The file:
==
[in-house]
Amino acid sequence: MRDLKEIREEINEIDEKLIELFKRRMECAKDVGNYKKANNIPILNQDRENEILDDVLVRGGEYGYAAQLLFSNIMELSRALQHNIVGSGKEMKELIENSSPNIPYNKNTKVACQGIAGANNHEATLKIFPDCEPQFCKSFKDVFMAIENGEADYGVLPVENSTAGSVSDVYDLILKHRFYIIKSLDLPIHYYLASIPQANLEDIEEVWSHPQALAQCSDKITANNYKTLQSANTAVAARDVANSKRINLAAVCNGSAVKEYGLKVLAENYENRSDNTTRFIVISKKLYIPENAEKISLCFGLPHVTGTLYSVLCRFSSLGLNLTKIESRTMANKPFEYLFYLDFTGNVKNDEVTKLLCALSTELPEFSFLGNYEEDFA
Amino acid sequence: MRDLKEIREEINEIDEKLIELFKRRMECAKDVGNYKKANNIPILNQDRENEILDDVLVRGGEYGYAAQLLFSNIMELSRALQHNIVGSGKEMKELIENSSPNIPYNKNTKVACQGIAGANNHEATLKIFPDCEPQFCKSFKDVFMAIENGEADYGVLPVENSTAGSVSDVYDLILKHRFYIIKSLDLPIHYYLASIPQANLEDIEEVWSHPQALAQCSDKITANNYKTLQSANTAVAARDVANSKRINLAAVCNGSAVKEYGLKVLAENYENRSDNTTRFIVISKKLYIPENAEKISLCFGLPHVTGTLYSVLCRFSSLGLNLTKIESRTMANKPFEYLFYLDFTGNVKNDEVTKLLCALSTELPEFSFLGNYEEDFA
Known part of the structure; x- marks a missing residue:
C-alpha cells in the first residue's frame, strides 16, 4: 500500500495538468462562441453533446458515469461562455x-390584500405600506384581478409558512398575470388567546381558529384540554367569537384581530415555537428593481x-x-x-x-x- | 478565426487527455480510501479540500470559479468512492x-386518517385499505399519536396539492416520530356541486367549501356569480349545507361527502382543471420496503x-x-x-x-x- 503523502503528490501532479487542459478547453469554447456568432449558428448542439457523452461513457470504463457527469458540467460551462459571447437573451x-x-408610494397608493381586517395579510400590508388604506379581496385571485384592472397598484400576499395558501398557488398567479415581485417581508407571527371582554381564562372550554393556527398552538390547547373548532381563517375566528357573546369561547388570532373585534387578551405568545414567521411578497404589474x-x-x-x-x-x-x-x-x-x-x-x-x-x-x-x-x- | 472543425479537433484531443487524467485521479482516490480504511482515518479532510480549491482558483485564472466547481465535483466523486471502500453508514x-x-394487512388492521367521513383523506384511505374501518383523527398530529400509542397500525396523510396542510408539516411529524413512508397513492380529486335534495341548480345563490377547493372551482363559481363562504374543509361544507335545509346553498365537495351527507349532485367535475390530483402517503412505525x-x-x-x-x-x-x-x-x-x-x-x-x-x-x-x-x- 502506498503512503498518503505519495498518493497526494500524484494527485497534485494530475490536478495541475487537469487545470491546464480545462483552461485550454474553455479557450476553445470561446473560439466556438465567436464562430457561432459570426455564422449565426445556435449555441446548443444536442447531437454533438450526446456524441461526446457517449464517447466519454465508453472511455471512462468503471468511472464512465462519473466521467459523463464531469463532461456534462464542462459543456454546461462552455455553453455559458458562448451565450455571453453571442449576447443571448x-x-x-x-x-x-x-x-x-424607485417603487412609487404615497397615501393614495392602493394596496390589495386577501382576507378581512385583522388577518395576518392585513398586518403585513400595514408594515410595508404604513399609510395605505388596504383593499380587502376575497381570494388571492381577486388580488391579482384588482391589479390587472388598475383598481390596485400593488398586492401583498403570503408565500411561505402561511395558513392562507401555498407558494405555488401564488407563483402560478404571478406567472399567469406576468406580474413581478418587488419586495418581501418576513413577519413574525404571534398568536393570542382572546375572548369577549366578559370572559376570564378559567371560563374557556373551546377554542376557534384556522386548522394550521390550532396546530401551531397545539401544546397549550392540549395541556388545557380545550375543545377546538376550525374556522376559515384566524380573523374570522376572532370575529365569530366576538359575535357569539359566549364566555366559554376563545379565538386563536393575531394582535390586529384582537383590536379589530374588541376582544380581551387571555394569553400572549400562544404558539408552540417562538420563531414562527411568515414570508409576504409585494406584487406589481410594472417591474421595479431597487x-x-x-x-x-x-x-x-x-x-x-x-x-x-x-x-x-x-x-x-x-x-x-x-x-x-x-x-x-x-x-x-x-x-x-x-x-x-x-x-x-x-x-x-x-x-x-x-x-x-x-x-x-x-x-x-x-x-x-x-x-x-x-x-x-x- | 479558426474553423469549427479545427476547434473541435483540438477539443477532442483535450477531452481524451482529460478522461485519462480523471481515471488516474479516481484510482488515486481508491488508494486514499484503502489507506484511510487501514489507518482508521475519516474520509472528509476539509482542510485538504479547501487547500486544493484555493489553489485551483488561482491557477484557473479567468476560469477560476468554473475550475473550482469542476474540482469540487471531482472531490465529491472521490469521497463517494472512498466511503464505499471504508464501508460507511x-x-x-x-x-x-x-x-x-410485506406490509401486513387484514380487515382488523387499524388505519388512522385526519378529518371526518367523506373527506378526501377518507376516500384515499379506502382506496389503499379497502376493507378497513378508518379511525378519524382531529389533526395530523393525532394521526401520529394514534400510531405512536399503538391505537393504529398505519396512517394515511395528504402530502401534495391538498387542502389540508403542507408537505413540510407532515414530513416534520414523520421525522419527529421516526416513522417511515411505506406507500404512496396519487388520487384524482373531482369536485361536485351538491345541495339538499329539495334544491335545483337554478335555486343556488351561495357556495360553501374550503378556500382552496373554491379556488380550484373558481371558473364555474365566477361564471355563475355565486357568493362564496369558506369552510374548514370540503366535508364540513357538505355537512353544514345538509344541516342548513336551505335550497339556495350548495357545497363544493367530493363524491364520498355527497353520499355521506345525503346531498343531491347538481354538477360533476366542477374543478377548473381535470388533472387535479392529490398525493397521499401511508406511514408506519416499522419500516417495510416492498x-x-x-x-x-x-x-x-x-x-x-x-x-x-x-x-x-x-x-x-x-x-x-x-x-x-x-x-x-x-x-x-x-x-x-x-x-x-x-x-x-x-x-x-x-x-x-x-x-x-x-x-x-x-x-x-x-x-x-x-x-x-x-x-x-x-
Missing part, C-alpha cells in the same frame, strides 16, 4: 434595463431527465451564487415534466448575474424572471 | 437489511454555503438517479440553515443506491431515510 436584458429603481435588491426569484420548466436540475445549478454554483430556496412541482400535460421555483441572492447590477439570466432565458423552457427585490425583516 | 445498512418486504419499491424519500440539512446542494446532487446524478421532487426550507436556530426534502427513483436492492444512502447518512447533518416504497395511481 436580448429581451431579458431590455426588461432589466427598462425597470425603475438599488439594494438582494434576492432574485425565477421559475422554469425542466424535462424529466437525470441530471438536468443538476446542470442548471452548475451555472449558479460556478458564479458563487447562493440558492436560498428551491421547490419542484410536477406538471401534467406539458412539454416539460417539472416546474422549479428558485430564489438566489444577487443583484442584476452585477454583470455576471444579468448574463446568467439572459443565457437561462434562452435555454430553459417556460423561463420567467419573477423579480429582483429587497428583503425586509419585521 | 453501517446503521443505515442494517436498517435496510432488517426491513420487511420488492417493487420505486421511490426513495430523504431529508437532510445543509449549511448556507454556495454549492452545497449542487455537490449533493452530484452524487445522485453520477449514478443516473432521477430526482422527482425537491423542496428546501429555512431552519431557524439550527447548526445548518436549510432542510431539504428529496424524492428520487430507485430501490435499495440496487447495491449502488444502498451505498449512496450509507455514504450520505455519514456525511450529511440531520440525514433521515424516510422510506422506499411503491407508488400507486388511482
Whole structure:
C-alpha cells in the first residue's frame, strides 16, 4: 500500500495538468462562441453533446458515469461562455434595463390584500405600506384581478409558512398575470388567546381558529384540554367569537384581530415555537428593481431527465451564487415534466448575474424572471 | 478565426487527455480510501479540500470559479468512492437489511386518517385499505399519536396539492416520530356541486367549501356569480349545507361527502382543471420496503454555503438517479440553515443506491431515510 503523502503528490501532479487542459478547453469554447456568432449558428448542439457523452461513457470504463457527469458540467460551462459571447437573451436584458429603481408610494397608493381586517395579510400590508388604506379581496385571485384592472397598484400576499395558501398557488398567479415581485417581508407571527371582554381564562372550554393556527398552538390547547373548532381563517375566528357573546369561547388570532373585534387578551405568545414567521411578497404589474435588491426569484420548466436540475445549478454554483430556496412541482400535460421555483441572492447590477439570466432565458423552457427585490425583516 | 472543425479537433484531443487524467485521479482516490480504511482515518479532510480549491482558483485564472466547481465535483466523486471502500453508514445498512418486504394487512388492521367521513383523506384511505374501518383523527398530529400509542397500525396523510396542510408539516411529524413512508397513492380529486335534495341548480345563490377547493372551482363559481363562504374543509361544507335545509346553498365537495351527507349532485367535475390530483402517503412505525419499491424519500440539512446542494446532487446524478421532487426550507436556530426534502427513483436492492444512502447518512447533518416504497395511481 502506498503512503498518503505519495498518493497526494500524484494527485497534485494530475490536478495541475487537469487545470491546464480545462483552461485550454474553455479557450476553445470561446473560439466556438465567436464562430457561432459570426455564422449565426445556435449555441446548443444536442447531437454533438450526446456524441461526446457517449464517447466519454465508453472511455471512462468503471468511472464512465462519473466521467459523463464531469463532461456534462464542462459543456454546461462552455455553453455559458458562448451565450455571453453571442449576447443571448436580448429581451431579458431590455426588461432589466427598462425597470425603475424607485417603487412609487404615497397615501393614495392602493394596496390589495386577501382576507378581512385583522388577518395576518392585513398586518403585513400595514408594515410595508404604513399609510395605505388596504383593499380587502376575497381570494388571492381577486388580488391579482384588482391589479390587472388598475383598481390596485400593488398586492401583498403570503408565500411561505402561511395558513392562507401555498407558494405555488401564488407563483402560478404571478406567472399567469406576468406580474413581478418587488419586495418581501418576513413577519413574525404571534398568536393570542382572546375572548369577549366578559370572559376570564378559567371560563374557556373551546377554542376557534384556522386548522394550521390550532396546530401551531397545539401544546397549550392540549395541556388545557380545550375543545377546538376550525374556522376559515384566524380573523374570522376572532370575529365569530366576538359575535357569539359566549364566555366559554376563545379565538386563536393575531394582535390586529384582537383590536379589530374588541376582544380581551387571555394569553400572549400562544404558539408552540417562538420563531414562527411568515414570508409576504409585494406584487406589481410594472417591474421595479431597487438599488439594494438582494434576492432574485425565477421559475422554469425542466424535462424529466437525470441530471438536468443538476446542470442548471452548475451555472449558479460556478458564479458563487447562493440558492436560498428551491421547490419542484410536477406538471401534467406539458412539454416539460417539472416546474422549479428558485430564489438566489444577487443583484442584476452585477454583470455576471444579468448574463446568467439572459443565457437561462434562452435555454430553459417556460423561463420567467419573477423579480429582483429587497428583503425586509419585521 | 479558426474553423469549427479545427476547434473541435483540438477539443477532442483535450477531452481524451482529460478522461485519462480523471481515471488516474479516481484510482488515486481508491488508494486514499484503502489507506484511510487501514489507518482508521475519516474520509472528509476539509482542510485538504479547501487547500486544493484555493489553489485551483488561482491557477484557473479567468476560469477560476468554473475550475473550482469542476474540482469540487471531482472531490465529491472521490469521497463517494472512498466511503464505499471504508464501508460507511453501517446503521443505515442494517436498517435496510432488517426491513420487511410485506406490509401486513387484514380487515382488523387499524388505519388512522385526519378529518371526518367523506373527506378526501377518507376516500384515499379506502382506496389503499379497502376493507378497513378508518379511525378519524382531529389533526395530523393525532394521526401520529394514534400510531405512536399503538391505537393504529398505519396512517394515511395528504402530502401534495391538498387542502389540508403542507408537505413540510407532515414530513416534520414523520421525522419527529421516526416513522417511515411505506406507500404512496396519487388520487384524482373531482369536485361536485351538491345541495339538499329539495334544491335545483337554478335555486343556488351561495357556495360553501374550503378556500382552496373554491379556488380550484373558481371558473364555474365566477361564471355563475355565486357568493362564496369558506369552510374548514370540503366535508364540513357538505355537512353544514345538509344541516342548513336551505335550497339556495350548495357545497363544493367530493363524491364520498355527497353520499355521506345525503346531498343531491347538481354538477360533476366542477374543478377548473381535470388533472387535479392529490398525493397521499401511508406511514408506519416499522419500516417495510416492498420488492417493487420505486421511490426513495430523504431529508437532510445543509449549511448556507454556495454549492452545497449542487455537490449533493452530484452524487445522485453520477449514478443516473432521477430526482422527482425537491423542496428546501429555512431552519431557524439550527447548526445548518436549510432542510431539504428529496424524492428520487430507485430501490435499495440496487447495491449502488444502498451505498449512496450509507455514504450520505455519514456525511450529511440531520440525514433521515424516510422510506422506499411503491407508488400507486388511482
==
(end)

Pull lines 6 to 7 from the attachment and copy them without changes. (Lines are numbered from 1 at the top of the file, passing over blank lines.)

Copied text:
Missing part, C-alpha cells in the same frame, strides 16, 4: 434595463431527465451564487415534466448575474424572471 | 437489511454555503438517479440553515443506491431515510 436584458429603481435588491426569484420548466436540475445549478454554483430556496412541482400535460421555483441572492447590477439570466432565458423552457427585490425583516 | 445498512418486504419499491424519500440539512446542494446532487446524478421532487426550507436556530426534502427513483436492492444512502447518512447533518416504497395511481 436580448429581451431579458431590455426588461432589466427598462425597470425603475438599488439594494438582494434576492432574485425565477421559475422554469425542466424535462424529466437525470441530471438536468443538476446542470442548471452548475451555472449558479460556478458564479458563487447562493440558492436560498428551491421547490419542484410536477406538471401534467406539458412539454416539460417539472416546474422549479428558485430564489438566489444577487443583484442584476452585477454583470455576471444579468448574463446568467439572459443565457437561462434562452435555454430553459417556460423561463420567467419573477423579480429582483429587497428583503425586509419585521 | 453501517446503521443505515442494517436498517435496510432488517426491513420487511420488492417493487420505486421511490426513495430523504431529508437532510445543509449549511448556507454556495454549492452545497449542487455537490449533493452530484452524487445522485453520477449514478443516473432521477430526482422527482425537491423542496428546501429555512431552519431557524439550527447548526445548518436549510432542510431539504428529496424524492428520487430507485430501490435499495440496487447495491449502488444502498451505498449512496450509507455514504450520505455519514456525511450529511440531520440525514433521515424516510422510506422506499411503491407508488400507486388511482
Whole structure: